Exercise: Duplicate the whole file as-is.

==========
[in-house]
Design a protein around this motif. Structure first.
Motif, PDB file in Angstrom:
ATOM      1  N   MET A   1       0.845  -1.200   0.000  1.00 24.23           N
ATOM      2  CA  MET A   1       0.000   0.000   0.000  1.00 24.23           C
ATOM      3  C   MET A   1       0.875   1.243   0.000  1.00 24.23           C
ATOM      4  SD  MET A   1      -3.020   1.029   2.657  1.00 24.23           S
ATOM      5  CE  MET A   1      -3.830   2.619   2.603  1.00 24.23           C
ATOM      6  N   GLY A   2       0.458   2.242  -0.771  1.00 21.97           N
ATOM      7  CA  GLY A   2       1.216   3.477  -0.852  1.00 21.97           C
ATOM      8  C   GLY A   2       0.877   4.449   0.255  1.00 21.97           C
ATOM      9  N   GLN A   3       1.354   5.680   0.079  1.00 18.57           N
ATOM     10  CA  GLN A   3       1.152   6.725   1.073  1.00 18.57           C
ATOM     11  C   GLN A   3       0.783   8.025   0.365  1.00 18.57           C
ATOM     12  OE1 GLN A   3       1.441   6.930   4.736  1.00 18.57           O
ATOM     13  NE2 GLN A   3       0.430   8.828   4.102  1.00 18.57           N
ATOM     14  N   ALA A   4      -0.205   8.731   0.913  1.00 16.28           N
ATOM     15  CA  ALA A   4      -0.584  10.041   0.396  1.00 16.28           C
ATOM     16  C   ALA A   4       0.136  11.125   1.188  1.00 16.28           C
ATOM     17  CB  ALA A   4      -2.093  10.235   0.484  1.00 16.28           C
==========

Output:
[in-house]
Design a protein around this motif. Structure first.
Motif, PDB file in Angstrom:
ATOM      1  N   MET A   1       0.845  -1.200   0.000  1.00 24.23           N
ATOM      2  CA  MET A   1       0.000   0.000   0.000  1.00 24.23           C
ATOM      3  C   MET A   1       0.875   1.243   0.000  1.00 24.23           C
ATOM      4  SD  MET A   1      -3.020   1.029   2.657  1.00 24.23           S
ATOM      5  CE  MET A   1      -3.830   2.619   2.603  1.00 24.23           C
ATOM      6  N   GLY A   2       0.458   2.242  -0.771  1.00 21.97           N
ATOM      7  CA  GLY A   2       1.216   3.477  -0.852  1.00 21.97           C
ATOM      8  C   GLY A   2       0.877   4.449   0.255  1.00 21.97           C
ATOM      9  N   GLN A   3       1.354   5.680   0.079  1.00 18.57           N
ATOM     10  CA  GLN A   3       1.152   6.725   1.073  1.00 18.57           C
ATOM     11  C   GLN A   3       0.783   8.025   0.365  1.00 18.57           C
ATOM     12  OE1 GLN A   3       1.441   6.930   4.736  1.00 18.57           O
ATOM     13  NE2 GLN A   3       0.430   8.828   4.102  1.00 18.57           N
ATOM     14  N   ALA A   4      -0.205   8.731   0.913  1.00 16.28           N
ATOM     15  CA  ALA A   4      -0.584  10.041   0.396  1.00 16.28           C
ATOM     16  C   ALA A   4       0.136  11.125   1.188  1.00 16.28           C
ATOM     17  CB  ALA A   4      -2.093  10.235   0.484  1.00 16.28           C